However there’s one group of musicians very much left on the edge. Pianists. Not one of the venues mentioned in the article have a piano. I don’t know if I’m the only one who’s upset about this, but given that there are a number of bigger pop stars who play the piano very well (Ben Folds, Tori Amos, Rufus Wainright, Regina Spektor) and even ones who play mainstream stuff that doesn’t interest me (Missy Higgins, Lady Gaga, Alicia Keys… even Taylor feckin’ Swift!) you might think that it’d be a more popular instrument to have around again. But apparently not.
The expectation from venues seems to be that you’ll bring your own ‘piano’ i.e. keyboard. Newsflash, dear venue owners; a keyboard is not a piano. They are two different instruments. I prefer to play the piano, with occasional forays into keyboard when I am required to make sounds that cannot be made on a piano, actual electronic sounds, not something imitating a piano. The solidity of a real piano contrasted with the flexibility of it,. The dynamic range not only in terms of volume but more importantly in terms of colour. A good pianist uses the weight of their entire body to create a resonant sound. Some flimsy little keyboard stand is never going to cut it, even under the weight of someone as small as yours truly. The natural resonance of hammer on string setting sail in that enormous steel framed wooden ship… Lemme tell ya, there’s nothing that can imitate that!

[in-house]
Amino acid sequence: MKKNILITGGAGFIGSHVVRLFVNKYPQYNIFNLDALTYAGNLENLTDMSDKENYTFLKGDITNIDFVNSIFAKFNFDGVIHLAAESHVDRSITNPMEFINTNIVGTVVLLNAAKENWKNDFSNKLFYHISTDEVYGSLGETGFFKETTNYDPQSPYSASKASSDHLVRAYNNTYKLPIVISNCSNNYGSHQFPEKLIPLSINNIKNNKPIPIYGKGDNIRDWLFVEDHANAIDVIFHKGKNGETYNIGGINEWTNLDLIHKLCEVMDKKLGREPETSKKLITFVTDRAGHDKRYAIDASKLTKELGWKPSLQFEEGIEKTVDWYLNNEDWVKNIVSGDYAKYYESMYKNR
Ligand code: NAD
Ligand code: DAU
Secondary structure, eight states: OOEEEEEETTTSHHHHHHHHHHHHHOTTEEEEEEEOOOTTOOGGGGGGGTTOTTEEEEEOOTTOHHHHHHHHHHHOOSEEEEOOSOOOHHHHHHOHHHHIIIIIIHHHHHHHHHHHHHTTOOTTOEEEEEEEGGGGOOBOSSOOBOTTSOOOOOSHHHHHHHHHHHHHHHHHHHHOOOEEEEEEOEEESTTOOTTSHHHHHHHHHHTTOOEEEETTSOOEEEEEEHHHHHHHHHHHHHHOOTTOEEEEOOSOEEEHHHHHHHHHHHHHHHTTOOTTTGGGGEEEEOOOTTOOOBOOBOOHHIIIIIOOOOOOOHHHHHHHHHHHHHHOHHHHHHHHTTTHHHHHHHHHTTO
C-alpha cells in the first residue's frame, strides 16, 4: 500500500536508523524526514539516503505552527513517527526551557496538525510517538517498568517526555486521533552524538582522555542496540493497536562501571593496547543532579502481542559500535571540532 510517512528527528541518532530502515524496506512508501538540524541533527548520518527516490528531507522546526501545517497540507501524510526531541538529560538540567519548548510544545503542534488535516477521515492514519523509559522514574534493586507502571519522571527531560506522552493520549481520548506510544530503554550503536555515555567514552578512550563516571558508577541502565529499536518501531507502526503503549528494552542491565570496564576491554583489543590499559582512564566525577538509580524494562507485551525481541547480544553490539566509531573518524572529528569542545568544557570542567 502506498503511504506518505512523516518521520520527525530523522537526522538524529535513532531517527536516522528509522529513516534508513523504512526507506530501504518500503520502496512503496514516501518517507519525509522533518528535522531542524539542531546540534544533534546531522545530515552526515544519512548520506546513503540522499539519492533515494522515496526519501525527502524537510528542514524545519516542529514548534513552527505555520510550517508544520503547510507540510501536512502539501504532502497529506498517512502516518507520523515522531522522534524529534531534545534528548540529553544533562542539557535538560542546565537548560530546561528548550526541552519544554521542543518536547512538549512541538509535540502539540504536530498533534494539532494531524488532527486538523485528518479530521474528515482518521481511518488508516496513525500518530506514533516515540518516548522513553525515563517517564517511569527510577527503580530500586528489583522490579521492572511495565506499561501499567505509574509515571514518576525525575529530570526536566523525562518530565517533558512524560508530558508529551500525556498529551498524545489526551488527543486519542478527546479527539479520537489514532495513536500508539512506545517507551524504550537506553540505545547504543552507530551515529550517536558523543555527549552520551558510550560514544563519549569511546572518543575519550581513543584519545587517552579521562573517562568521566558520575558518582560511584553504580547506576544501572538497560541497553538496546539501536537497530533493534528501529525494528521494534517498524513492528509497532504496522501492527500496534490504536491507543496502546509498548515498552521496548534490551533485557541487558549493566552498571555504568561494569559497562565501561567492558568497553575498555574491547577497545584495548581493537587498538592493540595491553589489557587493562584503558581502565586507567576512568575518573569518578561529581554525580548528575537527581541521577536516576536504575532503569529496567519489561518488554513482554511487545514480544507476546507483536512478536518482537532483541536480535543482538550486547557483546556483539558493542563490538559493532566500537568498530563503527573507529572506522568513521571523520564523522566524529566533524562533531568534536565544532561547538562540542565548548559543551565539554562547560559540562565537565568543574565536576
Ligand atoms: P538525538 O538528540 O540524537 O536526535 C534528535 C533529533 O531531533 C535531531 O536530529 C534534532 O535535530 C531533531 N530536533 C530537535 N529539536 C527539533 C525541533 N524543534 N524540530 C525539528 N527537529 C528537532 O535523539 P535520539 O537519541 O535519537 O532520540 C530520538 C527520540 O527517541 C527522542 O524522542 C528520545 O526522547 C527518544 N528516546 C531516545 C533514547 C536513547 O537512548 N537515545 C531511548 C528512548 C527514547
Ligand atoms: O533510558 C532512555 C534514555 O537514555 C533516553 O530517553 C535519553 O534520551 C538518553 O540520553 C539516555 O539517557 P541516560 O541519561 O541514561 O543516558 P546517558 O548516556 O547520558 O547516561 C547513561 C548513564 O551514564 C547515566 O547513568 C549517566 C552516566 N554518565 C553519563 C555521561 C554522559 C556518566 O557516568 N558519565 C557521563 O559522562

The only venues outside of concert halls and opera houses that seem to genuinely value the piano as a worthy contributor to the music world are cabaret and jazz bars. Jazz world and classical world are reasonably comfortable bedfellows in this, with the quality of the instrument being utmost in our minds. Cabaret venues are less good with that but more often tend to have one because they like it as a piece of furniture. There’s at least one cabaret bar here in Sydney that insisted on the cheapest white piano they could find to match the light up disco floor on their stage. It’s a terrible instrument. Terrible, but kinda pretty. Ah well, at least they have one.